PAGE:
In one of my day walks through the forest I reached down to dismantle a rotting piece of wood, to reveal some of the invertebrates that are hidden within.
There are about 30 species of native New Zealand slugs, most of which are endemic to New Zealand. All have a characteristic leaf-vein pattern on their dorsal side, most likely for camouflage. This leaf-vein pattern is absent in introduced species. In addition, native leaf-veined slugs have only one pair of tentacles – unlike introduced species of slugs, which have two.
New Zealand slugs belong to the family Athoracophoridae. The one in the photo below belongs to the genus Pseudaneitea. The pale bumps on the surface of the dorsal side are called papillae. In some recently discovered species the papillae form retractable spikes. Very cool, however it is unclear what the spikes are used for.
More common are members of the genus Athoracophorus. Leaf-veined slug biology is poorly known, but they are thought to feed mainly on algae and fungi found on the surface of plants. In contrast to other slugs, these beauties do not feed directly on plants’ foliage, and therefore do not cause excessive damage to plants. I wonder if they are ever considered as plant pests.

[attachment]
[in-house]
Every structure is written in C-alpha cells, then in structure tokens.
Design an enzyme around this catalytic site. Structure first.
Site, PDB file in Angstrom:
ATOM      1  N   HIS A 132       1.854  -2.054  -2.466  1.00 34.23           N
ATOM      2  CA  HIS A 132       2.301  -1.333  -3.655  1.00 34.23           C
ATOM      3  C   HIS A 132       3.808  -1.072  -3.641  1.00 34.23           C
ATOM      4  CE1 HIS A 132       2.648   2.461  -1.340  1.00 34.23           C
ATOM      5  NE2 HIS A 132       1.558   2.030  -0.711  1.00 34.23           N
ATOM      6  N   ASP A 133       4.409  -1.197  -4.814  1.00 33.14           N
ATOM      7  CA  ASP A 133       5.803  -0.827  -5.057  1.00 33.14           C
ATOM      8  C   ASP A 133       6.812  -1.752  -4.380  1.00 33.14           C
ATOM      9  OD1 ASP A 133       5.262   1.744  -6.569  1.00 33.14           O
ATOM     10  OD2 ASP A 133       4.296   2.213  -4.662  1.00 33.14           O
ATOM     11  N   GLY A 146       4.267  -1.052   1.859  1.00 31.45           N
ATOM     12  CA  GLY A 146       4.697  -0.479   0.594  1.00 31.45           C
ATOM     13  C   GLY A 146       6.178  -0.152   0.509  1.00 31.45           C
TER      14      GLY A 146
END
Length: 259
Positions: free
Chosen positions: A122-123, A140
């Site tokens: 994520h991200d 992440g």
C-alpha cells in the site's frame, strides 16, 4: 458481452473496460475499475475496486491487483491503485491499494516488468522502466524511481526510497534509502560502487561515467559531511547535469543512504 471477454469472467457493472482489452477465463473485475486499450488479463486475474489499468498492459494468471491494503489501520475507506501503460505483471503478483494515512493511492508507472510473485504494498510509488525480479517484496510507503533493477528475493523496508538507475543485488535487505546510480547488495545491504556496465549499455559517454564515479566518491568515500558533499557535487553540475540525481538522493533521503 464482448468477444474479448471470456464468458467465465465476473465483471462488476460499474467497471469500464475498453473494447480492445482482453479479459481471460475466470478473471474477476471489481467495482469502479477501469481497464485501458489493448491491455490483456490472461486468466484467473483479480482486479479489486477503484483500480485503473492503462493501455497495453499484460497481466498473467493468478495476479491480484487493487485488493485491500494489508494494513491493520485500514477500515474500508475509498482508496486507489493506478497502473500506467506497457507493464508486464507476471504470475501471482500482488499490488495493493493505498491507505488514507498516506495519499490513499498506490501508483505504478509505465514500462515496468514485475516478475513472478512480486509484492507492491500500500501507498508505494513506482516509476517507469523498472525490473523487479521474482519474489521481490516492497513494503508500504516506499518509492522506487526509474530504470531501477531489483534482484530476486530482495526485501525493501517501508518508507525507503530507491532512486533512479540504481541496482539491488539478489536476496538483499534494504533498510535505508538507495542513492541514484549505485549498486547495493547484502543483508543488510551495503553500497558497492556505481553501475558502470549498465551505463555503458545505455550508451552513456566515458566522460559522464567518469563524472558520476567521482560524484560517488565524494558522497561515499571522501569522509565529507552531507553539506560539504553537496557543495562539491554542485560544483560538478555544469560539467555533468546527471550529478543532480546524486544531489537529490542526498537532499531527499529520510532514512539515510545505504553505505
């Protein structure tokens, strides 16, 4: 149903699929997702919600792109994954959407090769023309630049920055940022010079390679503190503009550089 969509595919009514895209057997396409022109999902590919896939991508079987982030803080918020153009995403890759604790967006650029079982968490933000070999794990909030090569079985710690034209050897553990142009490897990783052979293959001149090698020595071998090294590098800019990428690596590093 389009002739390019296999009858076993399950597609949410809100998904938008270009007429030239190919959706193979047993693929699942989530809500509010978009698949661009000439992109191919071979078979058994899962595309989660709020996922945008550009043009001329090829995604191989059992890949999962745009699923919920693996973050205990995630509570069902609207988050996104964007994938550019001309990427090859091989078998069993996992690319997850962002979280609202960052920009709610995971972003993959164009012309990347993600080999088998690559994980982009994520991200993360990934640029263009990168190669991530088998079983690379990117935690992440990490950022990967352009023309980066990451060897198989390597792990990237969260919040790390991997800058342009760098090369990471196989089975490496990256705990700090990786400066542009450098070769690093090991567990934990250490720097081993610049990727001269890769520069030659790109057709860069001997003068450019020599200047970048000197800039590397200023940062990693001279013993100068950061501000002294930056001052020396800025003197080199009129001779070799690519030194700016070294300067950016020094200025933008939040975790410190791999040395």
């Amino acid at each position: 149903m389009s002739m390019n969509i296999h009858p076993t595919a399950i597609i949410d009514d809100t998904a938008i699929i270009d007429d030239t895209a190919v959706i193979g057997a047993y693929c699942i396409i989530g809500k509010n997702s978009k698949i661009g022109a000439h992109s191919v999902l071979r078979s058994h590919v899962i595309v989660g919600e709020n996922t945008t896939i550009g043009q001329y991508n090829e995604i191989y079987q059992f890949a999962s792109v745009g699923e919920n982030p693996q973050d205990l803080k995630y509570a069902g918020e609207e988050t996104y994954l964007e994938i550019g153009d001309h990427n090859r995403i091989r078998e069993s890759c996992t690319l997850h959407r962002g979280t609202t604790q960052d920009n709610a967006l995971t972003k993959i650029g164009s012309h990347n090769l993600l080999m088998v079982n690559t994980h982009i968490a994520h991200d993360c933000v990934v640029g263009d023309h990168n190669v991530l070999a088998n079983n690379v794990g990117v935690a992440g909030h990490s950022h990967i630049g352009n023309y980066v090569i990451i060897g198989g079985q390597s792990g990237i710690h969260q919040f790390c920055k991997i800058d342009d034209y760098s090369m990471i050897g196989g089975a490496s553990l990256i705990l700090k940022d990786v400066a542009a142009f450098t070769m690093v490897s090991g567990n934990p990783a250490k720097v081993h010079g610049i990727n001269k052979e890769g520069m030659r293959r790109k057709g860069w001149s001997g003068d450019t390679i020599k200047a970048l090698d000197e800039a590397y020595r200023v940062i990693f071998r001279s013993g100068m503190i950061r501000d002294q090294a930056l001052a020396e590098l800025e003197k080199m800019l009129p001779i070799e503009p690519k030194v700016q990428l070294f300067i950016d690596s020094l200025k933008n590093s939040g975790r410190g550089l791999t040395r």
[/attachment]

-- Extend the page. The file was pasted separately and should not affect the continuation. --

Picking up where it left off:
The slugs are nocturnal, and frequently can be seen mating on the surface of leaves. All terrestrial slugs and snails are hermaphrodites meaning they have both male and female reproductive organs, but they need to mate in order to fertilize each other’s eggs. Most slugs have an enchanting mating ritual, in which they hang down on a rope of mucus and encircle each other until they form a spiral with their bodies. Their reproductive organs are drawn and get entangled too, until eventually flattening, creating a translucent flower-like structure. The mating process in leaf-veined slugs seems a little less “exciting”. The two mates meet on the surface of a leaf or on a thick branch, and after a short period of time spent familiarizing with each other, they exchange sperm. In the photo below the male reproductive organ is visible (a slug’s genitalia is located close to the head), and these slugs are in the process of exchanging sperm. Once the exchange is completed, the slugs part and each one lays clutches of soft eggs in a moist protected place, such as under fallen leaves or in rotting logs.